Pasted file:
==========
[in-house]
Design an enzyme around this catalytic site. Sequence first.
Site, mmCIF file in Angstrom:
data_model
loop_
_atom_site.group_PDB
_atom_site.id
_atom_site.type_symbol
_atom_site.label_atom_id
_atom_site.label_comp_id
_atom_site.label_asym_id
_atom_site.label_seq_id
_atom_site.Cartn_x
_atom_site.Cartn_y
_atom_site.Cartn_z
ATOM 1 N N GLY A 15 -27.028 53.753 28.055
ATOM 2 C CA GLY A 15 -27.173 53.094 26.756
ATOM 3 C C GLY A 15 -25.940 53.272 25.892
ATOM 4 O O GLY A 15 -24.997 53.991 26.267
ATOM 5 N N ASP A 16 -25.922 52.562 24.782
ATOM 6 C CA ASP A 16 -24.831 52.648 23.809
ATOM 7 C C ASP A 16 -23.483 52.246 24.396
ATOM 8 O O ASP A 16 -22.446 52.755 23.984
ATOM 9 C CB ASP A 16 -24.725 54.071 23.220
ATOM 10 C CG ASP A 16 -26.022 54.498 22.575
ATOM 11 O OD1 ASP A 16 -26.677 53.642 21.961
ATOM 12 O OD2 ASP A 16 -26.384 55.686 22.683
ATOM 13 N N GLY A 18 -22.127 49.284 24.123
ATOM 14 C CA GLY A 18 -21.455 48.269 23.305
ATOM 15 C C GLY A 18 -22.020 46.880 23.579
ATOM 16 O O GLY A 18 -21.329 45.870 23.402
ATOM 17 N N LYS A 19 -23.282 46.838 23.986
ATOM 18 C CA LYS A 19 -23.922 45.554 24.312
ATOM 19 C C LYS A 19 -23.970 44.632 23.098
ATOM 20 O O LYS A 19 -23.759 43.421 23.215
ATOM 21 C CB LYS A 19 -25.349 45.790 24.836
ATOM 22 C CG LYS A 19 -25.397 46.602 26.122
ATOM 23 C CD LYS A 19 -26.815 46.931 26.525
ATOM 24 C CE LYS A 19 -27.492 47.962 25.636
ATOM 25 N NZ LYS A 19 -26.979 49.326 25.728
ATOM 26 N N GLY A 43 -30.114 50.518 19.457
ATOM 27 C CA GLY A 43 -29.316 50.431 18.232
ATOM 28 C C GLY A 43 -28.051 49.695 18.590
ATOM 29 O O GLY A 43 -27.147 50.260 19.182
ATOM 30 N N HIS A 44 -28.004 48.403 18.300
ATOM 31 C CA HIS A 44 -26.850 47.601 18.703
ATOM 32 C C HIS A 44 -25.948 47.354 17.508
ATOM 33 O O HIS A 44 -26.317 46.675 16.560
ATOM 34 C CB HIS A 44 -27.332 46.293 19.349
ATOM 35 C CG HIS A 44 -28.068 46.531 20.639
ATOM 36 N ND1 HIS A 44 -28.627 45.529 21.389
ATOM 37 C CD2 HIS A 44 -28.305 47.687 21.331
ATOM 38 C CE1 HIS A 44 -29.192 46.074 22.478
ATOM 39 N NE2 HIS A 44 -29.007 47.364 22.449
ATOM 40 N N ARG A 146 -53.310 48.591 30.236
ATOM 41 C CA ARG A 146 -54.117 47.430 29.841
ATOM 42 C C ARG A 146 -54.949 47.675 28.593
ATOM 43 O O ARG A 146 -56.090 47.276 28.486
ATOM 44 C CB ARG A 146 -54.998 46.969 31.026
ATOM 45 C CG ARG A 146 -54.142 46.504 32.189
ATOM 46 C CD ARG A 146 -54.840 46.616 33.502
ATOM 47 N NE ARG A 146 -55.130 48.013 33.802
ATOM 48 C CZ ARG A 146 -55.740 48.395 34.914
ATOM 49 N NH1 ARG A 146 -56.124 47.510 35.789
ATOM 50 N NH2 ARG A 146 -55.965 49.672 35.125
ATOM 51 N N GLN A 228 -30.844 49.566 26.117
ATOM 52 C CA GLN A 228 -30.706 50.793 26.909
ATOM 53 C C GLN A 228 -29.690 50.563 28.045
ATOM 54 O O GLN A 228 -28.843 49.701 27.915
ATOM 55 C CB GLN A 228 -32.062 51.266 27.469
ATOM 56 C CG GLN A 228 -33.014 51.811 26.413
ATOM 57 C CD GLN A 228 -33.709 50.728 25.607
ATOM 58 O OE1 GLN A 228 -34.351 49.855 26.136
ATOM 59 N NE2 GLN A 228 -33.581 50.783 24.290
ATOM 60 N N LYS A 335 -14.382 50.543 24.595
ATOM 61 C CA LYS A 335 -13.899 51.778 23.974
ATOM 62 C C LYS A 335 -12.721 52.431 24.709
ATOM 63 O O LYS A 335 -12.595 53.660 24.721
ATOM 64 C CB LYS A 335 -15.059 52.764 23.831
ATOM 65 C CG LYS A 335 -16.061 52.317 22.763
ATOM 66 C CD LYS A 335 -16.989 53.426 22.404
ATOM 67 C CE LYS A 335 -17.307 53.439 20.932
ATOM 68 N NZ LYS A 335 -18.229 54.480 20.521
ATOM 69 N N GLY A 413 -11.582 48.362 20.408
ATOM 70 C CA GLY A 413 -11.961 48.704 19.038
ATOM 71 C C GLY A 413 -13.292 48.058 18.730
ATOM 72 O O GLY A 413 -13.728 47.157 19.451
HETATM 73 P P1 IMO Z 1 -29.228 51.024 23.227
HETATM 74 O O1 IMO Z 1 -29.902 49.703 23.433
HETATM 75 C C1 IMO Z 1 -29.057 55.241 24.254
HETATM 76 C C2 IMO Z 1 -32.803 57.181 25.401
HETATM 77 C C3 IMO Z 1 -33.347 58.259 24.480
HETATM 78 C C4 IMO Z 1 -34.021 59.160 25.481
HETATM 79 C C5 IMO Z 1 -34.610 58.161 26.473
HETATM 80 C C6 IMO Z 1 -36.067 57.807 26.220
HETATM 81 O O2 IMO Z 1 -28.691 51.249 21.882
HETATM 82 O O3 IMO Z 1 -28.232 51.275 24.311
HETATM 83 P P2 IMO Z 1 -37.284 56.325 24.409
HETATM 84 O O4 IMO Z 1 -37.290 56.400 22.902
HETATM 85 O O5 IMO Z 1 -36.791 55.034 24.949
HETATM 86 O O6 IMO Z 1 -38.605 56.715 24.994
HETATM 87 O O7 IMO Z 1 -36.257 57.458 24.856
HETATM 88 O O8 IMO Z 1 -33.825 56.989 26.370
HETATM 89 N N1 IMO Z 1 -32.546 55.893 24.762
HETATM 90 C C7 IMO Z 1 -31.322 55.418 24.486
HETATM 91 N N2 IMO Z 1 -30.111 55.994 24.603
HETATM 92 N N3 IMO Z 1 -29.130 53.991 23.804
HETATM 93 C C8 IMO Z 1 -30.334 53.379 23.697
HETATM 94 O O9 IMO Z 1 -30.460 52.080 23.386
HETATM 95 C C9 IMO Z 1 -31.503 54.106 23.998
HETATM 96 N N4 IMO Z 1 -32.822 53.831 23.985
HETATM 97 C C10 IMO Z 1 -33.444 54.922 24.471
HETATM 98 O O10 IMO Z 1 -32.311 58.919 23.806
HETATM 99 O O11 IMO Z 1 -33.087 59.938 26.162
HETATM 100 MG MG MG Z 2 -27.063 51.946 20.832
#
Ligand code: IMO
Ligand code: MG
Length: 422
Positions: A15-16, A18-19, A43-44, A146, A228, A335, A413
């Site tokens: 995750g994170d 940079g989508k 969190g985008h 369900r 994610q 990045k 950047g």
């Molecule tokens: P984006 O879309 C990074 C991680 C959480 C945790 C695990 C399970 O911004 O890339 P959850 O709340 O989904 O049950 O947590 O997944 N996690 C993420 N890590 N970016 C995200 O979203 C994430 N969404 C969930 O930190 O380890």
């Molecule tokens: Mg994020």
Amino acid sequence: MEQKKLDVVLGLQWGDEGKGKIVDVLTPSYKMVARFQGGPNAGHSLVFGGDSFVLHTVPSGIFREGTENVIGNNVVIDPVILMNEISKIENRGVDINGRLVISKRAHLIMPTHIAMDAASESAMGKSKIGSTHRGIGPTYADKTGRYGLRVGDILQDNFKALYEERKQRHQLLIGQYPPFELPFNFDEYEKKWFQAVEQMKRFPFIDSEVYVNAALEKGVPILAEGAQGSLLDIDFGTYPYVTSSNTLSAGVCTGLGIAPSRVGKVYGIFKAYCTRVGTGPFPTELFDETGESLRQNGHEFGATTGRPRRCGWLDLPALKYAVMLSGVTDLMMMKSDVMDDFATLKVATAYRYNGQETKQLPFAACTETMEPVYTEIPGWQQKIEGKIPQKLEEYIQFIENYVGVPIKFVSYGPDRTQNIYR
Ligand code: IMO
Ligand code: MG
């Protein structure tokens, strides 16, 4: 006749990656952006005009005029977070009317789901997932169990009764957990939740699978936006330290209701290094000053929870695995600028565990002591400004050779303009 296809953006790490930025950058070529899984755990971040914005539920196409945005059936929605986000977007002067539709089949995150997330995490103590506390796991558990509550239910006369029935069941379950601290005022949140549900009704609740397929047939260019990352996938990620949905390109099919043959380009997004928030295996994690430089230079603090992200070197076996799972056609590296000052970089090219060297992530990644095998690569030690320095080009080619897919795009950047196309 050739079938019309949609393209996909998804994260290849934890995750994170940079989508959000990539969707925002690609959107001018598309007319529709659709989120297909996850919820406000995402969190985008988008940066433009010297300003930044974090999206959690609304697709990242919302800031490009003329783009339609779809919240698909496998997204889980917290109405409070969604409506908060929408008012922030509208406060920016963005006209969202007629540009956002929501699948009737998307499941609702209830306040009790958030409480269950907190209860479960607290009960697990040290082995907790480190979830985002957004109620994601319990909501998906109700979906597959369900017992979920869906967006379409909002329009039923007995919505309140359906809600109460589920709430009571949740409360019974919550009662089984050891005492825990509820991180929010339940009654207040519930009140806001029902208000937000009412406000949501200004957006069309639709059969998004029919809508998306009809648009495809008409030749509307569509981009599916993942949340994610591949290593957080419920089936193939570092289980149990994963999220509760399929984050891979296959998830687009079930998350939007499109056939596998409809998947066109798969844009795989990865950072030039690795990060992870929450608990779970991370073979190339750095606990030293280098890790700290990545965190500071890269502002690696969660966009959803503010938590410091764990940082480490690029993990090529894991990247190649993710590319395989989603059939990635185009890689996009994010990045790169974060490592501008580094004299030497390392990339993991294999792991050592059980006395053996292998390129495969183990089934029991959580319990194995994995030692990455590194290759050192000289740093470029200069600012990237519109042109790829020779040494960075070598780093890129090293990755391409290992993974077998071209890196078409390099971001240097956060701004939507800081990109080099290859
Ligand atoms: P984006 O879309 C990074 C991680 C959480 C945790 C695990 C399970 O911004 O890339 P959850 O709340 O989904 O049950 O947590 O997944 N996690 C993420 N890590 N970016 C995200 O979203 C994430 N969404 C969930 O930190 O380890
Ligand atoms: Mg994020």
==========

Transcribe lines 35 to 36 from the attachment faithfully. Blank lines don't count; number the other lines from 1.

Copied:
ATOM 20 O O LYS A 19 -23.759 43.421 23.215
ATOM 21 C CB LYS A 19 -25.349 45.790 24.836